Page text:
emanates — as it historically has — from NIH. "We have
the brainpower here. We can look at the metabolomics, the proteomics,
the bioinformatics and nanotechnology. NIH has talked about [these
and other advances] in conferences all over the country in the
last 4 or 5 months: We say we want to create homes for clinical
translational sciences in academic institutions. Why not start
Maddox said community involvement in science helps establish the
research agenda by determining people's needs. Drawing diverse
input into the process also enhances public trust, she stressed.
|Dr. Michele Evans of NIA presents
Philip J. Browning Scientific Pioneer Awards to Dr. William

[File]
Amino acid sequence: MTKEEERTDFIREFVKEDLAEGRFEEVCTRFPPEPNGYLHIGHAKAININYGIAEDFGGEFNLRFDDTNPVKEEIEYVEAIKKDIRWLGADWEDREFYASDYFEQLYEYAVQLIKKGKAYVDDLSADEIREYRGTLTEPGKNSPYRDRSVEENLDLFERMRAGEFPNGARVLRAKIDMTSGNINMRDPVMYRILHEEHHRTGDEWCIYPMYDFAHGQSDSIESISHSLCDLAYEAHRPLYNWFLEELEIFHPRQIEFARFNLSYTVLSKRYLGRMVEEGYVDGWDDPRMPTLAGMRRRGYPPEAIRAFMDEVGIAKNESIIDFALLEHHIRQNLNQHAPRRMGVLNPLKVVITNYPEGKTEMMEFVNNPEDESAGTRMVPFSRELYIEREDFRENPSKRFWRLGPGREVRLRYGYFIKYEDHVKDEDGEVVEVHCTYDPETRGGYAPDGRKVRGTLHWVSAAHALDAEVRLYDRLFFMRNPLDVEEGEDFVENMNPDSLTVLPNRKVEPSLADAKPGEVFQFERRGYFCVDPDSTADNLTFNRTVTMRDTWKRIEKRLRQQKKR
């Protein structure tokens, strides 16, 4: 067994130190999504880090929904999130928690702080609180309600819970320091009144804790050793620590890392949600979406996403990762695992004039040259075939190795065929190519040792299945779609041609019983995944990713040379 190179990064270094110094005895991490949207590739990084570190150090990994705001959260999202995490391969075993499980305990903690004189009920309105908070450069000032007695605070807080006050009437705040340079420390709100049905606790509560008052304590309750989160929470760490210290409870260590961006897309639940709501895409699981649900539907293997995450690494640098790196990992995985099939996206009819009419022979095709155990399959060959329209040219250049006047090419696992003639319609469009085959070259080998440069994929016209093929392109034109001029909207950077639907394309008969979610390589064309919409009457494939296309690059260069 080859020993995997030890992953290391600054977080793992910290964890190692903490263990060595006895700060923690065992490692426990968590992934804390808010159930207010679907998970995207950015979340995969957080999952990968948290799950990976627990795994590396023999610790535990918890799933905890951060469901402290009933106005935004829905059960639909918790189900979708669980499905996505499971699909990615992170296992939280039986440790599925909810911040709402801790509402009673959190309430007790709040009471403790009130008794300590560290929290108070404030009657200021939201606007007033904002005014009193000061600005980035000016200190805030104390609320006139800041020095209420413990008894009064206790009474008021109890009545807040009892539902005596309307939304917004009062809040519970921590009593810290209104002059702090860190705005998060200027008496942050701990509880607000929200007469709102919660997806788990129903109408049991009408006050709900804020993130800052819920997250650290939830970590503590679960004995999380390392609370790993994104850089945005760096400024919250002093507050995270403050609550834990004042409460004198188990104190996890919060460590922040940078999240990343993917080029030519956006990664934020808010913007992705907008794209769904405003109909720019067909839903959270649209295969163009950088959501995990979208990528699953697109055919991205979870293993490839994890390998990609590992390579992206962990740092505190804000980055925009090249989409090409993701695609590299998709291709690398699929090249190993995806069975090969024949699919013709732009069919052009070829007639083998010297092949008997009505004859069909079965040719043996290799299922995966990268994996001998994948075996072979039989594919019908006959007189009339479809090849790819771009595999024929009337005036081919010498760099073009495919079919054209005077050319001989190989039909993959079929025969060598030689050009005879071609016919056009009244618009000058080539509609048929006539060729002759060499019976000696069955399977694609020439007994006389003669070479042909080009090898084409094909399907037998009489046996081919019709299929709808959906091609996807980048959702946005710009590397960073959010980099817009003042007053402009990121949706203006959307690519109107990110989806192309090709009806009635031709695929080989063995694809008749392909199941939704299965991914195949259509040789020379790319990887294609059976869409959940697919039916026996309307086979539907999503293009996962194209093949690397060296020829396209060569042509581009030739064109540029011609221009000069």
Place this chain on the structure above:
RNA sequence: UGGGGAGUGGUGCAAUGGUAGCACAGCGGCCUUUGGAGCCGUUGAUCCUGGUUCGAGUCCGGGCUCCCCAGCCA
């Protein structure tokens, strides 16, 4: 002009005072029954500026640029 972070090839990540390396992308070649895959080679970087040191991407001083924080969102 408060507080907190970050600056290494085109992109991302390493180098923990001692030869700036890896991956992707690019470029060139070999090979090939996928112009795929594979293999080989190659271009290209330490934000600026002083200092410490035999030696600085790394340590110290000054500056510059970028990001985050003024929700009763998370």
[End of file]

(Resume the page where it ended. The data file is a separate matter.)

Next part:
Coleman of NIDDK and Dr. Lauren Wood of NCI.
"NIH has always accomplished the things that it has put its collective mind behind," she concluded. "We
worked very hard to get more women in our intramural program and we've been very successful.
I'm asking all of you who have an opportunity to make changes to devote the same kind of effort
to get more black scientists into NIH.Diversity is a critical resource for the future direction
of medical research."
The association's annual awards were also presented during the
program: the 2005 Friend of BSA Award was given to Dr. Beverly
Alston-Smith of NIAID by BSA president Dr. Janine Smith, NEI deputy
clinical director. After a tribute to the award's namesake by Dr.
Michele Evans, NIA deputy scientific director, the Philip J. Browning
Scientific Pioneer Awards were presented to Dr. Lauren Wood of
NCI and Dr. William Coleman of NIDDK. Dr. Roland Owens, NIDDK senior
investigator, announced the high school graduate recipients of
the Cheryl Torrance Campbell Scholarships.